A week ago, because of the six-day entry testing procedures, the feeling around the league was that most trades would be done this week, to allow teams to use their new players in time for Week 9. But while a few did happen, the midweek activity was not on the level that many expected, and by the end of the week it was clear that some teams were waiting to see what happened this weekend before deciding what to do.
One of the most closely watched teams, for example, is the Patriots. A win Sunday in Buffalo would improve them to 3-4, a game and a half behind the first-place Bills with a head-to-head win in their pocket. But a loss would drop the Patriots to 2-5, three and a half games out of first place behind a team that has already beaten them. Drastically different circumstances. Several teams are watching to see whether the Patriots sell off veteran pieces of their defense. They might have to wait until Sunday evening for the answer.
Why is it on Election Day?
Right? After all the work the NFL has done over the past few months on its voting initiatives, doesn't it feel weird that one of the potentially biggest in-season news days would coincide with the day people are supposed to go vote? A day on which the thoughts of the entire nation will be on far more significant matters?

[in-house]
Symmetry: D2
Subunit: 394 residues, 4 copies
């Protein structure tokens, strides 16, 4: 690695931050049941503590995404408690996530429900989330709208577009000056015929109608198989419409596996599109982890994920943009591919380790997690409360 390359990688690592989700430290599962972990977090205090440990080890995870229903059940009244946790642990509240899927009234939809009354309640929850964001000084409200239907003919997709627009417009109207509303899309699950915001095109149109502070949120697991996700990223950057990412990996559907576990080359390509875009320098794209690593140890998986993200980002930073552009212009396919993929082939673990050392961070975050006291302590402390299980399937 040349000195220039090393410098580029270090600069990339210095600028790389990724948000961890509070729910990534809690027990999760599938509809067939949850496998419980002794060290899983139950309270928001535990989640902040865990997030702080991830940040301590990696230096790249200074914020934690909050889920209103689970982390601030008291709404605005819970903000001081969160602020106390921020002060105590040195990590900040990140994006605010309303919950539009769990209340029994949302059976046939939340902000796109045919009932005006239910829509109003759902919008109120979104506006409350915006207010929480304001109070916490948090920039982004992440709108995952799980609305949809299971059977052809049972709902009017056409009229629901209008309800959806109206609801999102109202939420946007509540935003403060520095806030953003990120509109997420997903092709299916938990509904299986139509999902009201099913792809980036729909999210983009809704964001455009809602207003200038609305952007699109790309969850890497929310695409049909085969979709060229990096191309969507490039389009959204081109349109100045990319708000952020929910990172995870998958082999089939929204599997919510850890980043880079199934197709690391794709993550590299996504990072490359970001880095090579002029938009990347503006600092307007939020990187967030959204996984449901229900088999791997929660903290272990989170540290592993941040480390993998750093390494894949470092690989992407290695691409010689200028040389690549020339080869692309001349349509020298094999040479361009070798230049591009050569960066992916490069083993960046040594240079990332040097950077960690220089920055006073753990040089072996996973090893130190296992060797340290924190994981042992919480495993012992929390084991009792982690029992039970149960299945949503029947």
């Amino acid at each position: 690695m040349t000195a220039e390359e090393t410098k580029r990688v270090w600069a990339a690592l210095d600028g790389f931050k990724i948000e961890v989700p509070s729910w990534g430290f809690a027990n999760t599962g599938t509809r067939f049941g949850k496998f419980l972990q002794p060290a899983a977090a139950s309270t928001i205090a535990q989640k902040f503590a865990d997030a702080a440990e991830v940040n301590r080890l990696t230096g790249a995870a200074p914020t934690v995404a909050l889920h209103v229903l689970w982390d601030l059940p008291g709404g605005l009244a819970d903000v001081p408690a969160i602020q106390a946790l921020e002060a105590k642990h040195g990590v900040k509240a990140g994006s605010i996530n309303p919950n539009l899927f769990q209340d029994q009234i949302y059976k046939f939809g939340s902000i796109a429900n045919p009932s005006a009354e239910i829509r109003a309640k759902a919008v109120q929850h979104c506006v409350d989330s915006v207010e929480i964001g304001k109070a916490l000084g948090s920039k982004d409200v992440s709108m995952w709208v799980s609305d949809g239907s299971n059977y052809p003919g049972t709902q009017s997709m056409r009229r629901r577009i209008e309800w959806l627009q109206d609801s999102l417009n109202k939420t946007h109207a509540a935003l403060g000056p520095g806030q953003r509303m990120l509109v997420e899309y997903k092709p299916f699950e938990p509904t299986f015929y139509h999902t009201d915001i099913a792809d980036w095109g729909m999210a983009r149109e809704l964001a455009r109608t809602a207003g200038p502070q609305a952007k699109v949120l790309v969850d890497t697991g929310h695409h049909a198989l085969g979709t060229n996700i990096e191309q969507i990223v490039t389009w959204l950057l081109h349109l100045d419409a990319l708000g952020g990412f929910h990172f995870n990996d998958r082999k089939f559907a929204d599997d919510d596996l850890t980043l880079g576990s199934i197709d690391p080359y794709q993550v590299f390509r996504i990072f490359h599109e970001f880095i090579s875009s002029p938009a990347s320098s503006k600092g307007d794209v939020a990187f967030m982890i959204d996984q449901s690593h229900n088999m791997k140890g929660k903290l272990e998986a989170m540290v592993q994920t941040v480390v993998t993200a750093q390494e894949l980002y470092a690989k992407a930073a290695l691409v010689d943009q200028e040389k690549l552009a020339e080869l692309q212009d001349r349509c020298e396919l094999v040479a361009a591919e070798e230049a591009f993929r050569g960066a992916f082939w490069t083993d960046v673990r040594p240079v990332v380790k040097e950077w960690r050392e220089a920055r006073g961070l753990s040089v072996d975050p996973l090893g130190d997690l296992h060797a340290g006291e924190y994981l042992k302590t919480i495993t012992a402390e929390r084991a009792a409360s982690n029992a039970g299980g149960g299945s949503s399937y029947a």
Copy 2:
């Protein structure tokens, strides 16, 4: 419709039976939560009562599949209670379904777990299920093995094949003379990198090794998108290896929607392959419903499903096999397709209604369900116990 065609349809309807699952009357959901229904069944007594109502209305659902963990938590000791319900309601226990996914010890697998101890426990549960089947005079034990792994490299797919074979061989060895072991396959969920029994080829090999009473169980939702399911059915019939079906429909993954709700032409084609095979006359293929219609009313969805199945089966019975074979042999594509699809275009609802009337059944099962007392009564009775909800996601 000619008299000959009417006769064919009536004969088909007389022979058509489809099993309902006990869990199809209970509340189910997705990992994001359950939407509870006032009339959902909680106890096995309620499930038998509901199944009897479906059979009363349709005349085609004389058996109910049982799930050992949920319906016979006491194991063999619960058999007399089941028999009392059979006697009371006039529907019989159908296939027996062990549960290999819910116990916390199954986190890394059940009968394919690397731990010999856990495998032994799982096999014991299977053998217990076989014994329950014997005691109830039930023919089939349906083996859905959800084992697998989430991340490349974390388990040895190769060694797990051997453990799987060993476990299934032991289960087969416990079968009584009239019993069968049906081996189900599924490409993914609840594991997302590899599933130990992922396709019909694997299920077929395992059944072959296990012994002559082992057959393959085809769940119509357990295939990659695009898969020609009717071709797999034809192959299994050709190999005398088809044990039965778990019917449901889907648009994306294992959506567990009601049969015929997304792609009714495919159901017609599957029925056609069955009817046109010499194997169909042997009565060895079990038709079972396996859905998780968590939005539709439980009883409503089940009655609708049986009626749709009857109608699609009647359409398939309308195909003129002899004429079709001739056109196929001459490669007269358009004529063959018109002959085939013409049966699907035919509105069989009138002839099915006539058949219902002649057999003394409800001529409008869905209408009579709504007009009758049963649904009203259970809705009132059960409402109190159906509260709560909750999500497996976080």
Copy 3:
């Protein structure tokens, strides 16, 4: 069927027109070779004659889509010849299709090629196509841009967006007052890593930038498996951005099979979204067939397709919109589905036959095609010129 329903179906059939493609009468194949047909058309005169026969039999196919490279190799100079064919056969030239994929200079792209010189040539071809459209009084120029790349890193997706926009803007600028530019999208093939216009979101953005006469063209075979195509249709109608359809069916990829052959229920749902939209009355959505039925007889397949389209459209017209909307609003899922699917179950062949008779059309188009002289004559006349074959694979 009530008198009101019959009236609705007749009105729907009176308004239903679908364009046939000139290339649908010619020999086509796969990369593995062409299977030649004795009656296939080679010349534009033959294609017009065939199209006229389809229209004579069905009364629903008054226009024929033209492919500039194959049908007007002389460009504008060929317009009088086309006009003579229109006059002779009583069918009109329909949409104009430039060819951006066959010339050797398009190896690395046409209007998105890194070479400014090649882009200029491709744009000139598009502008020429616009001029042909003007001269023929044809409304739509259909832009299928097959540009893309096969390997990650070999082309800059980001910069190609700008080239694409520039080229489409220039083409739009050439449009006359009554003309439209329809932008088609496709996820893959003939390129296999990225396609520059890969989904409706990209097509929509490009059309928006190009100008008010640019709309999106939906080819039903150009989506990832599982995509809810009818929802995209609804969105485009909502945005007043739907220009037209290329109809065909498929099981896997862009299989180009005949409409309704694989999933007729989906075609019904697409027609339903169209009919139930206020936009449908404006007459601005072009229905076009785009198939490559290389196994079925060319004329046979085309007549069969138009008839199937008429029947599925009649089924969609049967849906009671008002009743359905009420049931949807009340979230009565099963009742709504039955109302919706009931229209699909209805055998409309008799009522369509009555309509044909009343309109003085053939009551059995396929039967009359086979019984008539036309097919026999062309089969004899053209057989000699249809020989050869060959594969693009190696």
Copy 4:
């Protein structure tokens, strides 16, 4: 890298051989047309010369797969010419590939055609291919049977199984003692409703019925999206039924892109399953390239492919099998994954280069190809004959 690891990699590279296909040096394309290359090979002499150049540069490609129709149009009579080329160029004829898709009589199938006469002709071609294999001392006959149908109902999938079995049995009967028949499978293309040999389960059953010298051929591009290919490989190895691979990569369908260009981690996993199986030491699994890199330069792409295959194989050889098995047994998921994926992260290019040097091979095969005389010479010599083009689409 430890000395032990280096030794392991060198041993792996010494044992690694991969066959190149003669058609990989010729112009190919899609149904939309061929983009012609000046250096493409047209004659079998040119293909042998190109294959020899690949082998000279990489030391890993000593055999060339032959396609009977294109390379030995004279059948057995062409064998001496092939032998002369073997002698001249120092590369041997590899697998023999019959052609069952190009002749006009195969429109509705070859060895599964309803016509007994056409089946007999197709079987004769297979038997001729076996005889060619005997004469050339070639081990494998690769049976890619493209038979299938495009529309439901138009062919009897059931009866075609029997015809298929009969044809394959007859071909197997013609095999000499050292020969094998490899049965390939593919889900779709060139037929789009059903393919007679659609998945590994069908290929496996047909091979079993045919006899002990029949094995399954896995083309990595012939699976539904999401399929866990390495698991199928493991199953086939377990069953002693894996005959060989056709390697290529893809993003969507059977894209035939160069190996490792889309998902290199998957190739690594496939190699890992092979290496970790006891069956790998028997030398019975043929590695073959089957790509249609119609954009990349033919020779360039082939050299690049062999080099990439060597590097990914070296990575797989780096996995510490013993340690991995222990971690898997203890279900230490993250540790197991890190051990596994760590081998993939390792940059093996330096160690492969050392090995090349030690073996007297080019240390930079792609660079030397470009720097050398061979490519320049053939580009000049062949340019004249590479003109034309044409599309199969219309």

Thing is, once the season started when it did, the league didn't really have a choice. The trade deadline is, by rule, the Tuesday after the conclusion of Week 8. Moving it a week earlier or later would require a vote by teams, and this is no small issue. The league doesn't want to move the deadline earlier because it wants to give the season some time to shake out and allow teams to identify whether they should be buyers or sellers based on the standings. And while some have proposed moving it later -- especially now that seven teams per conference will make the playoffs and therefore theoretically teams could stay in contention longer than they could in years past -- that idea doesn't yet have the required support.
So why not Monday or Wednesday? Well, there's a game Monday, which means a 4 p.m. ET deadline would fall four hours before the Buccaneers and Giants even kicked off their Week 8 game. That doesn't make a lot of sense.
Moving it to Wednesday would create an odd situation that could force teams to have to pay players who aren't on their rosters anymore. Each week of the season, Tuesday at 4 p.m. ET is an important deadline, because a player who is on a team's roster past that time has to be paid by that team for the following week's game (or bye). So if the trade deadline moved to Wednesday and, for example, the Chiefs traded Patrick Mahomes to the Jets on Wednesday, the Chiefs would still have to pay Mahomes for Week 9 even though he wouldn't be on their team anymore.